Since local food is such a huge part of our life, I was super excited to go to the Farm2Home event at P. Allen Smith’s Moss Mountain Farm last week. The event was sponsored by the Arkansas Agriculture Department and Farm Credit and existed to help raise awareness about the Arkansas Made and Arkansas Grown programs. The AAD knows most people would love to shop local, and would do more of it, if identifying locally grown, locally made products were easier to do. The Arkansas Made and Arkansas Grown logos can appear on products and in restaurants and businesses that sell products grown or made in the state, and they are also listed on the Arkansas Grown website to help people find local producers and growers near them. And this program will help reach people who might want to shop local but who aren’t scouting out new vendors at farmer’s markets on weekends– I’ve seen the Arkansas Grown signage at Walmart and other large retailers.

Arkansas Made, Arkansas Grown: raising locavores and Farm2Home


I left Farm2Home excited and inspired– worn out by traffic on my way home, I almost pulled through a drive through, but I came home and made pasta with local kale instead. I’m even more committed to buying local and raising our girls to love local foods, and I’m excited about programs that will help more folks buy local. I’ll be sharing more of what I learned at Farm2Home in other posts, too, so check back for those soon!

*Note: I attended an event to learn about the Arkansas Grown program, but was not compensated for this post.

tacos de mayo

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When we visited Austin for the first time, I knew I had found my kind of town when I realized they like to eat tacos for breakfast. When I first met my husband, I would have said pasta was my favorite food, but his love of all things salsa, taco, and burrito have changed my ways. We eat tacos all the time, and mostly vegetarian ones. Since tomorrow is Cinco de Mayo, I thought I would share some of our favorite taco recipes, and maybe a couple of drinks to go along with them. (Speaking of drinks, if you follow me on Instagram and have ever asked me for a drink recipe, you might check out the #buffloimbibes tag up top under the header.) (Another note: if you’re reading this via a reader like Feedly, you might need to click through to see the embedded recipes.)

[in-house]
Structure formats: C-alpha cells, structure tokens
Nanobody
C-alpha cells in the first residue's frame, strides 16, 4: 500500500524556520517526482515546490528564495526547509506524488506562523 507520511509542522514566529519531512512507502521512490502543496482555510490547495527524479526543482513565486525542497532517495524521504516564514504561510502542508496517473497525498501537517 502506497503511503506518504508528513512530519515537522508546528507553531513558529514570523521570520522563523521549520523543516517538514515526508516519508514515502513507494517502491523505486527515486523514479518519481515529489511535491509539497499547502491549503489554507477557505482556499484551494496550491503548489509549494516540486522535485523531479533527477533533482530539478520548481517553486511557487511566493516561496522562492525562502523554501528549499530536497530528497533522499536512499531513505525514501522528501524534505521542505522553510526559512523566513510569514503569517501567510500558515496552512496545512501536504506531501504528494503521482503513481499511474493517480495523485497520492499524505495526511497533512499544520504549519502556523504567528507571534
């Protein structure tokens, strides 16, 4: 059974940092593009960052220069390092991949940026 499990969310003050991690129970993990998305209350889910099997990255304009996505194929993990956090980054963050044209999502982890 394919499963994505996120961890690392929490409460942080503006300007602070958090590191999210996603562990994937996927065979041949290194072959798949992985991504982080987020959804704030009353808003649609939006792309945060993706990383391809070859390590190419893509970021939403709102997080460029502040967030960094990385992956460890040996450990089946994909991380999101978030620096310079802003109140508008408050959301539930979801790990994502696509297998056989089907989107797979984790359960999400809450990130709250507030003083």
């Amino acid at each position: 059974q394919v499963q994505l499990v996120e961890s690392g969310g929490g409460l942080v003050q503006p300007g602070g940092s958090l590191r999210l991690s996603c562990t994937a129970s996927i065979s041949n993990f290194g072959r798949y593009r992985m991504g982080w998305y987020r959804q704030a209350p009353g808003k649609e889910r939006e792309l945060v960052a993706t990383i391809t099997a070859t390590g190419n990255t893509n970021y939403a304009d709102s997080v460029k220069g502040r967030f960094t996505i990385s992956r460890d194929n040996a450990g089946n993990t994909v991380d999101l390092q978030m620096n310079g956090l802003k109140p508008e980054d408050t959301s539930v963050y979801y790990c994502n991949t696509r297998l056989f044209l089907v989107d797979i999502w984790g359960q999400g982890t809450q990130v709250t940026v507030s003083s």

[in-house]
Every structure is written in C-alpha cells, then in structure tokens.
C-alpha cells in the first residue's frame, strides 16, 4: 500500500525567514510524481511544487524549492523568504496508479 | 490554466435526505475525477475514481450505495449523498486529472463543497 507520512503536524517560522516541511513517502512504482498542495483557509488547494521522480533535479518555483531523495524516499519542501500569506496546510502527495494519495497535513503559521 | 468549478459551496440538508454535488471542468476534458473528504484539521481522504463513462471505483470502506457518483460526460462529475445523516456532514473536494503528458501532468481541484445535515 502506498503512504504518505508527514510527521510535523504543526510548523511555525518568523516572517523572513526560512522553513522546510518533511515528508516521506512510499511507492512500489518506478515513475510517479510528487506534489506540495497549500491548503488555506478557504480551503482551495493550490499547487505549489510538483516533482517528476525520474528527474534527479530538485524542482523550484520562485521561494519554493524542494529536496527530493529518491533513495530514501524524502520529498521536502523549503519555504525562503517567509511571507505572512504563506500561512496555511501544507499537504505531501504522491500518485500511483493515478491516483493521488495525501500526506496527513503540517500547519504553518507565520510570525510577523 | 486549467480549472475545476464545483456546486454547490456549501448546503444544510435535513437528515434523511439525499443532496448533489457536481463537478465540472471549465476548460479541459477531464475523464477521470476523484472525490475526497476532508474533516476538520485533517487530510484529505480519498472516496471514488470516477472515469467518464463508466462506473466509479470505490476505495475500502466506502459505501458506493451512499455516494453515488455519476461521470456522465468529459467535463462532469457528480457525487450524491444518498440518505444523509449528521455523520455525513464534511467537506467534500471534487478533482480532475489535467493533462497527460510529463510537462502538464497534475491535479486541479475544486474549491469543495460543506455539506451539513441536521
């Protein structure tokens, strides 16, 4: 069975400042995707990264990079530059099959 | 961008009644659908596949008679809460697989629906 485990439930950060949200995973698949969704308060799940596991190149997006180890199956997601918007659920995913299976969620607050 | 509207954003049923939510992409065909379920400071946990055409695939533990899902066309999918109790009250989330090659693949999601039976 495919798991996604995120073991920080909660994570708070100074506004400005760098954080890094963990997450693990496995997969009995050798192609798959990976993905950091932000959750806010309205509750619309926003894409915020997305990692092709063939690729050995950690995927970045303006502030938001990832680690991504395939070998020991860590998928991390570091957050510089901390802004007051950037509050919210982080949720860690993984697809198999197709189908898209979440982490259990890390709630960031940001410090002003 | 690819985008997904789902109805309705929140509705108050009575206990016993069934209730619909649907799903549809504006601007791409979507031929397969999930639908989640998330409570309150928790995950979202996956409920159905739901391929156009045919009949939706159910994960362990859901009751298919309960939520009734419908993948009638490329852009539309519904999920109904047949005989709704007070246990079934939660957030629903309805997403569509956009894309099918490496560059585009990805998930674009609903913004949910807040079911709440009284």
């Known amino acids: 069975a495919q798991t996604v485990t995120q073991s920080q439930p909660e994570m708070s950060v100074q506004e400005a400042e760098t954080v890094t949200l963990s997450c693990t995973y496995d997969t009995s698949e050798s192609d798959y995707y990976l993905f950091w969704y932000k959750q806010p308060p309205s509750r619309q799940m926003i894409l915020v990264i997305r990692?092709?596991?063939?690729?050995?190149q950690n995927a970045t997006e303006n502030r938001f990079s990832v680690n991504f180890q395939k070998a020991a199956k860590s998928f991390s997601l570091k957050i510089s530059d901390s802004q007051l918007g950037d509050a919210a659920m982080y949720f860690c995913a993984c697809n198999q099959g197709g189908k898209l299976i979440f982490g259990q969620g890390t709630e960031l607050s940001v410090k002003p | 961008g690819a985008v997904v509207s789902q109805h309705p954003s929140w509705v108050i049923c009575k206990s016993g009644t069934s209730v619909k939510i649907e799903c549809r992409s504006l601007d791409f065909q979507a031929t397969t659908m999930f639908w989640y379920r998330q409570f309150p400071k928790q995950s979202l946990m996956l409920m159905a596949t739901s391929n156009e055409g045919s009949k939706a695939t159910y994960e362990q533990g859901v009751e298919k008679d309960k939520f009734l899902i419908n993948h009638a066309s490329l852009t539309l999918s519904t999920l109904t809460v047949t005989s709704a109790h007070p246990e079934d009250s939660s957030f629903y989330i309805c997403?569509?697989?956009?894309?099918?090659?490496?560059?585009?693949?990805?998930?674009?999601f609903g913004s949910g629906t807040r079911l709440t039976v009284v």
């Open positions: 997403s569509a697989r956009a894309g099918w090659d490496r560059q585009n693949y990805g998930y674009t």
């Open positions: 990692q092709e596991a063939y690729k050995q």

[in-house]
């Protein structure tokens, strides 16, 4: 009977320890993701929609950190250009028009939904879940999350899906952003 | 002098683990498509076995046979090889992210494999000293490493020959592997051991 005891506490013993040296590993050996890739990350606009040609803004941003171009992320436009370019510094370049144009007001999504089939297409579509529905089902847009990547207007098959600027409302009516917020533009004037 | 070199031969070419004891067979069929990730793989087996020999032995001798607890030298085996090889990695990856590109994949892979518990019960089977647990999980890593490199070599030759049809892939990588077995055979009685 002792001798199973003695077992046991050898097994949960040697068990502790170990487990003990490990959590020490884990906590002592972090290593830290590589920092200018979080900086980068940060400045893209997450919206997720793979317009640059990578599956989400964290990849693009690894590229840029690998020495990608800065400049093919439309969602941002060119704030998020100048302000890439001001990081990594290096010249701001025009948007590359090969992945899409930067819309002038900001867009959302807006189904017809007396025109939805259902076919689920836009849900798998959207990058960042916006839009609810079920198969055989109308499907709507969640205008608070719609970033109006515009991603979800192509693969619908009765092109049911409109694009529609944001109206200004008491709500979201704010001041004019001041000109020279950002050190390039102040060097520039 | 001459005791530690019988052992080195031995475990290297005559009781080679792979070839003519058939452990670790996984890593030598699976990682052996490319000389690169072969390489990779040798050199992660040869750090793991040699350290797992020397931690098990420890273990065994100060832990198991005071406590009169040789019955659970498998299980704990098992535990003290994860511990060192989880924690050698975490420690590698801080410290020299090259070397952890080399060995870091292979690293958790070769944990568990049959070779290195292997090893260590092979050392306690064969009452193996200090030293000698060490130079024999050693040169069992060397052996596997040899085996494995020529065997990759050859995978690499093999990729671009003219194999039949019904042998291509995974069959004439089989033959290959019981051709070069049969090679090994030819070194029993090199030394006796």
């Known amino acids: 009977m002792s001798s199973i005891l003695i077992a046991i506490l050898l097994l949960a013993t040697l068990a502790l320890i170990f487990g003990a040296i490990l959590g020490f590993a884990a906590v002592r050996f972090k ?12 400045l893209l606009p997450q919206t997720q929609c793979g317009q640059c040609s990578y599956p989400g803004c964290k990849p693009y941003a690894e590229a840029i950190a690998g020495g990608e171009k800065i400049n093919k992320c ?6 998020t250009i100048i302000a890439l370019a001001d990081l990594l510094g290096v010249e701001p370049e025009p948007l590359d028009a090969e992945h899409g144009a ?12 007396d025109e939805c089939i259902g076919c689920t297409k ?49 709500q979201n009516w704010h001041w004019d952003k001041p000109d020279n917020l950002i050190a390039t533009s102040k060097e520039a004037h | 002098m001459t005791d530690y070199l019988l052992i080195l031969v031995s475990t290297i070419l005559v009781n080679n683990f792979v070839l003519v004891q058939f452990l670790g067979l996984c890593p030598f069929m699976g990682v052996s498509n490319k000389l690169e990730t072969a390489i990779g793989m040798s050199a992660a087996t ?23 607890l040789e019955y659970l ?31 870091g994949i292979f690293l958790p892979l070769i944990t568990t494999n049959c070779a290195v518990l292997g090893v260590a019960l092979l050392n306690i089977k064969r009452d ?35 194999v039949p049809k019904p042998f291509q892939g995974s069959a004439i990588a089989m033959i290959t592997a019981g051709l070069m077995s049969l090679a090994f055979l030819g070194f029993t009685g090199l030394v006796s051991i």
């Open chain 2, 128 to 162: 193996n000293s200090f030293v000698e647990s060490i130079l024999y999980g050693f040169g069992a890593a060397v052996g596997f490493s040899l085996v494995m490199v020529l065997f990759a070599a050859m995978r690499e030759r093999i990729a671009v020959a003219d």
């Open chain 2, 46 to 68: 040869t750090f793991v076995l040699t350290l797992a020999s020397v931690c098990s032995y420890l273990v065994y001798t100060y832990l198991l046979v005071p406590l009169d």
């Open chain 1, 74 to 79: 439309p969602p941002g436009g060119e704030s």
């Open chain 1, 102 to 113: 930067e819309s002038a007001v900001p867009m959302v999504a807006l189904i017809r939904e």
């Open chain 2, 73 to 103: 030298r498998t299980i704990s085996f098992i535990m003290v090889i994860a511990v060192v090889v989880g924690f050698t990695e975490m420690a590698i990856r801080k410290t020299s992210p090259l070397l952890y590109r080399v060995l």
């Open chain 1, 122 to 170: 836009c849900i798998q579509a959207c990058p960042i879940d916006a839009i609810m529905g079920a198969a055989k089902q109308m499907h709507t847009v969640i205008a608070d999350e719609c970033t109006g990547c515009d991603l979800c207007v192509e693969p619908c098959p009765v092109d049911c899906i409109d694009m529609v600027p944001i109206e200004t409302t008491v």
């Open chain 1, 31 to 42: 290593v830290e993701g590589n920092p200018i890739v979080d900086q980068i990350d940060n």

Serve those tacos with salsa, guac, and this Mexican rice:

And to drink:

Let me know if you make any of these recipes for your Cinco de Mayo celebrations! As for us, we’ve got tickets to see one of my favorite bands, Hurray for the Riff Raff, so we won’t be partaking on the day of. I’ve got plans for tacos and margaritas at some point this week, though.

Side note: have you liked Ernie Bufflo on Facebook? Lately I’ve been sharing a lot of funny things the girls say, so don’t miss out if you’re a fan of the darnedest things kids say.

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I eat local. I also eat at Chick-Fil-A.

Hanging out at the play place with friends.
Hanging out at the play place with friends.

As has been the case for the past couple of years, the sales numbers for Little Rock-area restaurants have been released, and the local Chick-Fil-A franchises are in the top. This has our local alt-weekly foaming at the mouth pitting people who eat local against those who eat at Chick-Fil-A.

For one thing, as I learned when trying to decide if I, a huge supporter of marriage equality and gay rights, should boycott CFA, our CFAs are locally owned franchises. I don’t personally know the owners, but friends who do have told me that they are not homophobic and do not support anti-equality causes. In fact, they have supported friends’ ministries, like Young Life.

Still, I get the urge to shop local and eat local. I’m a largely vegetarian, farmer’s market shopping foodie. When we go out to eat, our favorites are local places like The Root, South on Main, Bruno’s, Big Orange, Local Lime, The Fold, La Hacienda, and Damgoode Pies. I haven’t eaten at a chain like an Applebee’s or Chili’s or Olive Garden in YEARS. I think eating locally grown, locally made food from locally owned places is absolutely the ideal.

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Farmer’s market babies with their local produce.